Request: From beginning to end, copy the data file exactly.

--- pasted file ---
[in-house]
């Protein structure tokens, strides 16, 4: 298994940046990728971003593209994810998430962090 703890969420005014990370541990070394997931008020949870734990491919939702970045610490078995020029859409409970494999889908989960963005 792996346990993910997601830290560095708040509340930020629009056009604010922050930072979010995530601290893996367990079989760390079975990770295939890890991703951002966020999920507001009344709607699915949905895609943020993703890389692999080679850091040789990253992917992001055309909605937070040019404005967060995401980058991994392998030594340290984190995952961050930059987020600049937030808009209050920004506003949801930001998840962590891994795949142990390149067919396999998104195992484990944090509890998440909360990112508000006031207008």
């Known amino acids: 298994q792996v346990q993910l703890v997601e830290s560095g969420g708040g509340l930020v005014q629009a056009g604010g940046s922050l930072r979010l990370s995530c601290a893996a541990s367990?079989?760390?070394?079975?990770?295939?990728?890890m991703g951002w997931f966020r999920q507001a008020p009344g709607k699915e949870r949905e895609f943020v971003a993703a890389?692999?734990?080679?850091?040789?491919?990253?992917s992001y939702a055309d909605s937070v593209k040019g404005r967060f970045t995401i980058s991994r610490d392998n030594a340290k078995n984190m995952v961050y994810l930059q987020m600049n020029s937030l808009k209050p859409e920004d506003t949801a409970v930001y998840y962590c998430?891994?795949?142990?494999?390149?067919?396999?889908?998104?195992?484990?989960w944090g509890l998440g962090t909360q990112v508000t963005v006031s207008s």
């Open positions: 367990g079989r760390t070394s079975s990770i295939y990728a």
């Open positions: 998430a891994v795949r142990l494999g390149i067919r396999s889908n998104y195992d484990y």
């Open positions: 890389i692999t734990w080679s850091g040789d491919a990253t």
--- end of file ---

[in-house]
């Protein structure tokens, strides 16, 4: 298994940046990728971003593209994810998430962090 703890969420005014990370541990070394997931008020949870734990491919939702970045610490078995020029859409409970494999889908989960963005 792996346990993910997601830290560095708040509340930020629009056009604010922050930072979010995530601290893996367990079989760390079975990770295939890890991703951002966020999920507001009344709607699915949905895609943020993703890389692999080679850091040789990253992917992001055309909605937070040019404005967060995401980058991994392998030594340290984190995952961050930059987020600049937030808009209050920004506003949801930001998840962590891994795949142990390149067919396999998104195992484990944090509890998440909360990112508000006031207008």
């Known amino acids: 298994q792996v346990q993910l703890v997601e830290s560095g969420g708040g509340l930020v005014q629009a056009g604010g940046s922050l930072r979010l990370s995530c601290a893996a541990s367990?079989?760390?070394?079975?990770?295939?990728?890890m991703g951002w997931f966020r999920q507001a008020p009344g709607k699915e949870r949905e895609f943020v971003a993703a890389?692999?734990?080679?850091?040789?491919?990253?992917s992001y939702a055309d909605s937070v593209k040019g404005r967060f970045t995401i980058s991994r610490d392998n030594a340290k078995n984190m995952v961050y994810l930059q987020m600049n020029s937030l808009k209050p859409e920004d506003t949801a409970v930001y998840y962590c998430?891994?795949?142990?494999?390149?067919?396999?889908?998104?195992?484990?989960w944090g509890l998440g962090t909360q990112v508000t963005v006031s207008s």
């Open positions: 367990g079989r760390t070394s079975s990770i295939y990728a």
């Open positions: 998430a891994v795949r142990l494999g390149i067919r396999s889908n998104y195992d484990y």
């Open positions: 890389i692999t734990w080679s850091g040789d491919a990253t």